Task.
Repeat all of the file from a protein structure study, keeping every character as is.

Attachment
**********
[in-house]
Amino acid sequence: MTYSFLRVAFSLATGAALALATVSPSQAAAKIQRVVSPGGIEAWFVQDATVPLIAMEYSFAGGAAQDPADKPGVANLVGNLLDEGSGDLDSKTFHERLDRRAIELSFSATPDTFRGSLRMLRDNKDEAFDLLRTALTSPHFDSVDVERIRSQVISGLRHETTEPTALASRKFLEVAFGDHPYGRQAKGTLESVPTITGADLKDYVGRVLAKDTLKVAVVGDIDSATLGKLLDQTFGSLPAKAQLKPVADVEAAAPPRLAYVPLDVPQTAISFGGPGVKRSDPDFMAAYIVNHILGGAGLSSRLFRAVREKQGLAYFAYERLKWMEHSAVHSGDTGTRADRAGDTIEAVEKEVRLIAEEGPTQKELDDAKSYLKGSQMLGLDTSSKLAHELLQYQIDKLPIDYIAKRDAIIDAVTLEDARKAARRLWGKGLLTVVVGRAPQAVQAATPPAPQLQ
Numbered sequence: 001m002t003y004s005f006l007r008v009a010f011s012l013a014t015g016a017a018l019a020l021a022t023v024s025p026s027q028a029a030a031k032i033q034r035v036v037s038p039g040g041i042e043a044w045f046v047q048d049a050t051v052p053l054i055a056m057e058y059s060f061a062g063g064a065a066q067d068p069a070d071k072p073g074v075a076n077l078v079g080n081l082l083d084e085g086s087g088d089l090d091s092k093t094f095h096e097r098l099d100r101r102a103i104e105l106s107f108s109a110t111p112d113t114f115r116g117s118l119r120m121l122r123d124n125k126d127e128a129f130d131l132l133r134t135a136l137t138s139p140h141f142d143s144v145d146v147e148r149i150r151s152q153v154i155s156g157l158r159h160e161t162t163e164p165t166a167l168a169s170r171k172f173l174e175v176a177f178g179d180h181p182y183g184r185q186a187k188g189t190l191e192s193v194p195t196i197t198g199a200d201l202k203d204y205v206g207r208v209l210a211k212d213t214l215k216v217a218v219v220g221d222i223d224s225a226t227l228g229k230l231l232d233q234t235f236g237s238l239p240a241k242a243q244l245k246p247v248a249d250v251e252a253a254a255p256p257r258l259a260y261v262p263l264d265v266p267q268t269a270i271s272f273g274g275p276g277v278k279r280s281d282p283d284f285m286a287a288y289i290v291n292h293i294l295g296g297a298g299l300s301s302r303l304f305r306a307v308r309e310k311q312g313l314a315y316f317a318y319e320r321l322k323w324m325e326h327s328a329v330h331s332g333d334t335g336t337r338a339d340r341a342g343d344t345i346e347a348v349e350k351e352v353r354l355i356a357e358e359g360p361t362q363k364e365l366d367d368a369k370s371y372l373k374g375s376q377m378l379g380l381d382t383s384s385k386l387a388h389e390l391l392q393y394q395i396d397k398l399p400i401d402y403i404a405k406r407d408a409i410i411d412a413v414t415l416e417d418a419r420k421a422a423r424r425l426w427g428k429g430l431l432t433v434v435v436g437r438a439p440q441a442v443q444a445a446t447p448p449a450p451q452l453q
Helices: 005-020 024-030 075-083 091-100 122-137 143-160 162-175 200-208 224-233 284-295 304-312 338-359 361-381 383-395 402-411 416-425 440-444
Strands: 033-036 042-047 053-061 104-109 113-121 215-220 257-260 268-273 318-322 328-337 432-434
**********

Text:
[in-house]
Amino acid sequence: MTYSFLRVAFSLATGAALALATVSPSQAAAKIQRVVSPGGIEAWFVQDATVPLIAMEYSFAGGAAQDPADKPGVANLVGNLLDEGSGDLDSKTFHERLDRRAIELSFSATPDTFRGSLRMLRDNKDEAFDLLRTALTSPHFDSVDVERIRSQVISGLRHETTEPTALASRKFLEVAFGDHPYGRQAKGTLESVPTITGADLKDYVGRVLAKDTLKVAVVGDIDSATLGKLLDQTFGSLPAKAQLKPVADVEAAAPPRLAYVPLDVPQTAISFGGPGVKRSDPDFMAAYIVNHILGGAGLSSRLFRAVREKQGLAYFAYERLKWMEHSAVHSGDTGTRADRAGDTIEAVEKEVRLIAEEGPTQKELDDAKSYLKGSQMLGLDTSSKLAHELLQYQIDKLPIDYIAKRDAIIDAVTLEDARKAARRLWGKGLLTVVVGRAPQAVQAATPPAPQLQ
Numbered sequence: 001m002t003y004s005f006l007r008v009a010f011s012l013a014t015g016a017a018l019a020l021a022t023v024s025p026s027q028a029a030a031k032i033q034r035v036v037s038p039g040g041i042e043a044w045f046v047q048d049a050t051v052p053l054i055a056m057e058y059s060f061a062g063g064a065a066q067d068p069a070d071k072p073g074v075a076n077l078v079g080n081l082l083d084e085g086s087g088d089l090d091s092k093t094f095h096e097r098l099d100r101r102a103i104e105l106s107f108s109a110t111p112d113t114f115r116g117s118l119r120m121l122r123d124n125k126d127e128a129f130d131l132l133r134t135a136l137t138s139p140h141f142d143s144v145d146v147e148r149i150r151s152q153v154i155s156g157l158r159h160e161t162t163e164p165t166a167l168a169s170r171k172f173l174e175v176a177f178g179d180h181p182y183g184r185q186a187k188g189t190l191e192s193v194p195t196i197t198g199a200d201l202k203d204y205v206g207r208v209l210a211k212d213t214l215k216v217a218v219v220g221d222i223d224s225a226t227l228g229k230l231l232d233q234t235f236g237s238l239p240a241k242a243q244l245k246p247v248a249d250v251e252a253a254a255p256p257r258l259a260y261v262p263l264d265v266p267q268t269a270i271s272f273g274g275p276g277v278k279r280s281d282p283d284f285m286a287a288y289i290v291n292h293i294l295g296g297a298g299l300s301s302r303l304f305r306a307v308r309e310k311q312g313l314a315y316f317a318y319e320r321l322k323w324m325e326h327s328a329v330h331s332g333d334t335g336t337r338a339d340r341a342g343d344t345i346e347a348v349e350k351e352v353r354l355i356a357e358e359g360p361t362q363k364e365l366d367d368a369k370s371y372l373k374g375s376q377m378l379g380l381d382t383s384s385k386l387a388h389e390l391l392q393y394q395i396d397k398l399p400i401d402y403i404a405k406r407d408a409i410i411d412a413v414t415l416e417d418a419r420k421a422a423r424r425l426w427g428k429g430l431l432t433v434v435v436g437r438a439p440q441a442v443q444a445a446t447p448p449a450p451q452l453q
Helices: 005-020 024-030 075-083 091-100 122-137 143-160 162-175 200-208 224-233 284-295 304-312 338-359 361-381 383-395 402-411 416-425 440-444
Strands: 033-036 042-047 053-061 104-109 113-121 215-220 257-260 268-273 318-322 328-337 432-434